I am currently reading through the Book of Leviticus with one of my high school girls, and I have to say that I am really excited as I haven't read that book since high school. When Clara and I read Genesis and Exodus together, the questions we answered were analytical (who are the main characters, what happens, etc.) whereas the questions we are answering for Leviticus make frequent connections to the New Testament and are asking us to contextualize the passages. I thought this was a better way to go since Clara has never read the Book of Leviticus and I didn't want her to get scared by it. There's so much beauty and meaning that I would hate for her to miss!
Little did I expect how challenging I would find answering my own questions to be. Leviticus 2 discusses the grain offering, and like everything else in the book, does so with abundant detail. One of the discussion questions was "why is it significant for grain to be used in the offering?" Pretty simple, right?
I started thinking about grain - everything grain is used for, the way it tastes, the way it smells, etc. I reread the passage and the description of the offering came alive. What I saw was that all five senses were being engaged with this sacrifice: you SEE the grain being prepared, you SMELL the grain as it is mixed with incense and olive oil, you FEEL the grain as you bake it either in the oven or in a pan, you HEAR the sounds as you and then the priest prepare the offering, and finally you TASTE the offering as the aromas fill the air. I think Aaron and his sons were actually the only people who could eat the offering, right?
It struck me that this sacrifice and all other sacrifices described engaged all the senses in such a dynamic way. Why is there the need for that? As I wrote in my journal I started thinking about sin - how no act of sin is tied to an action that then dies. It spreads out and impacts other people, often in ways that I and others fail to realize. It can sometimes be all consuming and all encompassing. Maybe the reason sacrifice is so sensory is because the magnitude and the impact of sin is communicated this way. Maybe it's God saying "You thought that sin was just about the act of greed/pride/lust/anger, but by having this sacrifice touch each of your senses, I am showing you how much sin impacts your heart and others. I'm also reminding you of how deep and wide my love and grace is."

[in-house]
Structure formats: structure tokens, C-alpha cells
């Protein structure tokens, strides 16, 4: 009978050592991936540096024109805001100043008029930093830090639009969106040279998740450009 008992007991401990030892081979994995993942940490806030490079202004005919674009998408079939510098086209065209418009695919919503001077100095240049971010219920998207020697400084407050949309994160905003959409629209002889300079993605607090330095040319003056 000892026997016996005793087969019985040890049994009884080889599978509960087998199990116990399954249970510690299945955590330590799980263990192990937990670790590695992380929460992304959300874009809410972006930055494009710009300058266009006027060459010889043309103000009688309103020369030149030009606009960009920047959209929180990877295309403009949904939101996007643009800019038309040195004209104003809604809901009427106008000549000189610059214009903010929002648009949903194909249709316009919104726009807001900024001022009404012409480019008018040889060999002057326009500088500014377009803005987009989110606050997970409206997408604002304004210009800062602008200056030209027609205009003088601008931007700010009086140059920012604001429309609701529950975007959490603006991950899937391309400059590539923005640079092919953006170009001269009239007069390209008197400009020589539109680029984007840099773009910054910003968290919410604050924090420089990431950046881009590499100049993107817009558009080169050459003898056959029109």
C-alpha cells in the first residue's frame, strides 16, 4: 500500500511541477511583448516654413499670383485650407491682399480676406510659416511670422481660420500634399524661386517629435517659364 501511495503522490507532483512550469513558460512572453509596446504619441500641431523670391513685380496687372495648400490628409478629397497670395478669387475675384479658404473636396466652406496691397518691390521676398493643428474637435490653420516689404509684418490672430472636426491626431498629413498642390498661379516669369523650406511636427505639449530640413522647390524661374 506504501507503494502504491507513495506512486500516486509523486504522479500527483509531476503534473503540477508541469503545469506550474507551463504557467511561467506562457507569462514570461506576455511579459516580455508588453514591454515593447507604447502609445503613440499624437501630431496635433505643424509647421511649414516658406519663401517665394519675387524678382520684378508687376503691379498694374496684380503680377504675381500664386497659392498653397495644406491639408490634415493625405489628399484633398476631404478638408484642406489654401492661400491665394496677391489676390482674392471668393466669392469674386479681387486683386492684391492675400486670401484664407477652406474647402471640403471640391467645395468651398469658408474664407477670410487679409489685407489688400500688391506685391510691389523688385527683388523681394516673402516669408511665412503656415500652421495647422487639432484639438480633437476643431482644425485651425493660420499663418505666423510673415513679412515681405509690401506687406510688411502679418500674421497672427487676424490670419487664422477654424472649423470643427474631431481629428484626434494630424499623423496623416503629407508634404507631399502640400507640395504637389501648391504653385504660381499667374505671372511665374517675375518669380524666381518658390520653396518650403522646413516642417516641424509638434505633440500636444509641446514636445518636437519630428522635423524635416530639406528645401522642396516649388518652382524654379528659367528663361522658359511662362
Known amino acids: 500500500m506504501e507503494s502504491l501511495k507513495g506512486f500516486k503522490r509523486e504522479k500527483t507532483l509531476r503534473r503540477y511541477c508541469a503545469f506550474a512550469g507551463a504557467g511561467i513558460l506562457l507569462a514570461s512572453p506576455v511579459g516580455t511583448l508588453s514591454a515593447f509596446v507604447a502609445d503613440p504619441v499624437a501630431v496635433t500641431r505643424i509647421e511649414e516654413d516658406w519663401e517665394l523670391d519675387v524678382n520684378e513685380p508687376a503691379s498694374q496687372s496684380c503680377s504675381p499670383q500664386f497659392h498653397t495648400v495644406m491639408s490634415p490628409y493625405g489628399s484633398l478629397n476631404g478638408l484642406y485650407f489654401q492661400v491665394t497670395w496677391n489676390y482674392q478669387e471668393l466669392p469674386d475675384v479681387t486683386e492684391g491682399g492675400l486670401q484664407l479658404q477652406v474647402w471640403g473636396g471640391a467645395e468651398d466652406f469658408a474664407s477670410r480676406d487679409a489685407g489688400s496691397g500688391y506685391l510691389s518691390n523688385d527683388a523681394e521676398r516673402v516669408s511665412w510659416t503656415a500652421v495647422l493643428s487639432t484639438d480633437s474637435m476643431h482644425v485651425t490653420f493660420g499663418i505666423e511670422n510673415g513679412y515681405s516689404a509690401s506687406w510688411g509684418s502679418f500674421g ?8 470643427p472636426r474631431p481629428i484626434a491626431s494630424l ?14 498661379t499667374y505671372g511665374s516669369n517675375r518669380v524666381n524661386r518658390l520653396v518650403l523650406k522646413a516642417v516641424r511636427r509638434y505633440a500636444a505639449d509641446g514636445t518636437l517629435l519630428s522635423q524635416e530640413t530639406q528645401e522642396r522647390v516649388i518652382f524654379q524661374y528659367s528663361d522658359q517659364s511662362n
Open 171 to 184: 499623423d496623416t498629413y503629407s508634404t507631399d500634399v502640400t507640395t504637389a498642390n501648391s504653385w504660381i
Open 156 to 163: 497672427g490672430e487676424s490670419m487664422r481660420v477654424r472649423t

I'm not too sure is as clear as it was in my head. What really got me going was thinking about the biggest sacrifices I've made in my life and the way they do seem to require my whole self, all five senses. I can SEE the way my decisions impact others. I can FEEL the way sacrificing is painful but necessary. I can HEAR God as sacrifice makes my heart more tuned to his voice. I can SMELL the pleasing aroma that I am created to be and I can TASTE joy as I live with passion.
What do you think? Is there a link between the senses and sacrifice?